I've, unfortunately, become jaded after many decades of fighting to preserve history (i.e. Keith's Flushing Theater).
I have not yet lost hope.

Sadly, this is par for Queens. Too many of its voter residents have eagerly drunk the Kool Aid that their local politicians have handed them.
Almost all of your elected representatives and officials get campaign donations or perks from the real estate developers of New York.
It is expensive to get elected and are-elected. Where else can they find the money?

Now, as far as many of the borough's historical societies, they are powerless. They depend too much on money from borough hall to survive.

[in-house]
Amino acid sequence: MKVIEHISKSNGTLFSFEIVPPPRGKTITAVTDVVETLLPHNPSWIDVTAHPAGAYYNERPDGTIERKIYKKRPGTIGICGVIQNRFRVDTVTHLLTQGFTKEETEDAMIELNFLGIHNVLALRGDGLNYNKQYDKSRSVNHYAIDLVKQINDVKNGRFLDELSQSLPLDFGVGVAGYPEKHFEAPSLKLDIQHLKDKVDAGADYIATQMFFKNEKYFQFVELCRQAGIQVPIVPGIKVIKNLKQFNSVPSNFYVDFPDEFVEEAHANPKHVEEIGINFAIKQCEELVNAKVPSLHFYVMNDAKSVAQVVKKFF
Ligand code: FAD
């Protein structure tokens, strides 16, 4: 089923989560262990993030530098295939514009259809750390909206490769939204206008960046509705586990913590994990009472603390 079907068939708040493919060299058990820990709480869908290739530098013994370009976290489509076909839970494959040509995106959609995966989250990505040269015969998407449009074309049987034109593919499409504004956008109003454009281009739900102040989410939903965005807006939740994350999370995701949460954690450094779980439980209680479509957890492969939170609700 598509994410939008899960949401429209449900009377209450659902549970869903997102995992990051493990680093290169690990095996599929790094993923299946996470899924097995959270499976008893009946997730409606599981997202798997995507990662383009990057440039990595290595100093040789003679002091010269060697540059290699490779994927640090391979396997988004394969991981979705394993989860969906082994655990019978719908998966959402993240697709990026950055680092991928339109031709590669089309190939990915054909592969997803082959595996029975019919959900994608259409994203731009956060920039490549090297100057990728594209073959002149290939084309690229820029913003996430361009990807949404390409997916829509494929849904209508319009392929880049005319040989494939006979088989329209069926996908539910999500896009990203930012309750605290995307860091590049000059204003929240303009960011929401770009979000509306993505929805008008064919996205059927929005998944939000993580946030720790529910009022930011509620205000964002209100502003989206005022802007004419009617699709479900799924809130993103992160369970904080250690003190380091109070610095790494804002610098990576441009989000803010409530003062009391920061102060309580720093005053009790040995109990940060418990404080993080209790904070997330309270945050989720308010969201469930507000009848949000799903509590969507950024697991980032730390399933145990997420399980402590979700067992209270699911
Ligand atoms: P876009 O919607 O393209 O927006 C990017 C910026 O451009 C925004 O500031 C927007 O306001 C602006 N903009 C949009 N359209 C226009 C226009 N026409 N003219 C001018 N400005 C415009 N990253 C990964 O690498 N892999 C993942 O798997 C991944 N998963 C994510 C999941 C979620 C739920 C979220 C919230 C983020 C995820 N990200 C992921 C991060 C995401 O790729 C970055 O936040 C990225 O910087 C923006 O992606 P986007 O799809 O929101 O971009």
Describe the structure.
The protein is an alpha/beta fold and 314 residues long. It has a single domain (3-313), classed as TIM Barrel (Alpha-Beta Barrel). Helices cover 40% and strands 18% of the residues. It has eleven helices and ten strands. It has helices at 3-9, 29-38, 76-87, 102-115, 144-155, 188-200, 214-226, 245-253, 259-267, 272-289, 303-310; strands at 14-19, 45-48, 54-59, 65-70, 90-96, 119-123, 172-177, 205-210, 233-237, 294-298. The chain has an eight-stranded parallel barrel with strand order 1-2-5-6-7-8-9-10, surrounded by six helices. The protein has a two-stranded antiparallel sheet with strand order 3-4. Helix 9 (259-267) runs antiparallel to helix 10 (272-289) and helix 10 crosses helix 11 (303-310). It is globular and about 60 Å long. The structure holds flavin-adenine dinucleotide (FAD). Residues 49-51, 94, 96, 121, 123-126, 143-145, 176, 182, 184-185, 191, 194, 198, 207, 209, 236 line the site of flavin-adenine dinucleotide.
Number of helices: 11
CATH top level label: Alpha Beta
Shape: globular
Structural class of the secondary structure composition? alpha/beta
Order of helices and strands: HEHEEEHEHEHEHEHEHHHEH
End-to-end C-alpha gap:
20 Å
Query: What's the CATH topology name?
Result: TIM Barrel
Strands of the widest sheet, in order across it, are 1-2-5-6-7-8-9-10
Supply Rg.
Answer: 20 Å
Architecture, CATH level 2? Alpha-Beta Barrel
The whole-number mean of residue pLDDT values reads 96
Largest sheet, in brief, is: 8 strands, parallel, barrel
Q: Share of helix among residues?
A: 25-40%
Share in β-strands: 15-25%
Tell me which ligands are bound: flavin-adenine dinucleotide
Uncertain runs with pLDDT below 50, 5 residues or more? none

This is the same hall that once housed the corrupt suicide Donald Manes.
Manes once said, "Queens has nothing but land to offer, and I intend to build on it"!

Has the credo of the hall changed since?
Only the type of lip service that has been given to make you believe that they care about history.

So, Melinda Katz springs for painting the towers of the NYS Pavillion. Meanwhile she whitewashes her image as an uncaring...except for climbing up the political ladder....anti preservation stances throughout her borough.

Do not be fooled. This avaricious climber is no different than Donald Manes. The Manes play book is still being followed.

How come that Katz could not find enough money for the restoration of Civic Virtue, slightly to the left of borough hall?
It is now in a Brooklyn cemetery and a ring of Perunias , no doubt, will be planted in its place.

If you've got to put something in its place, then I suggest a new statue depicting corruption....most appropriate for borough hall!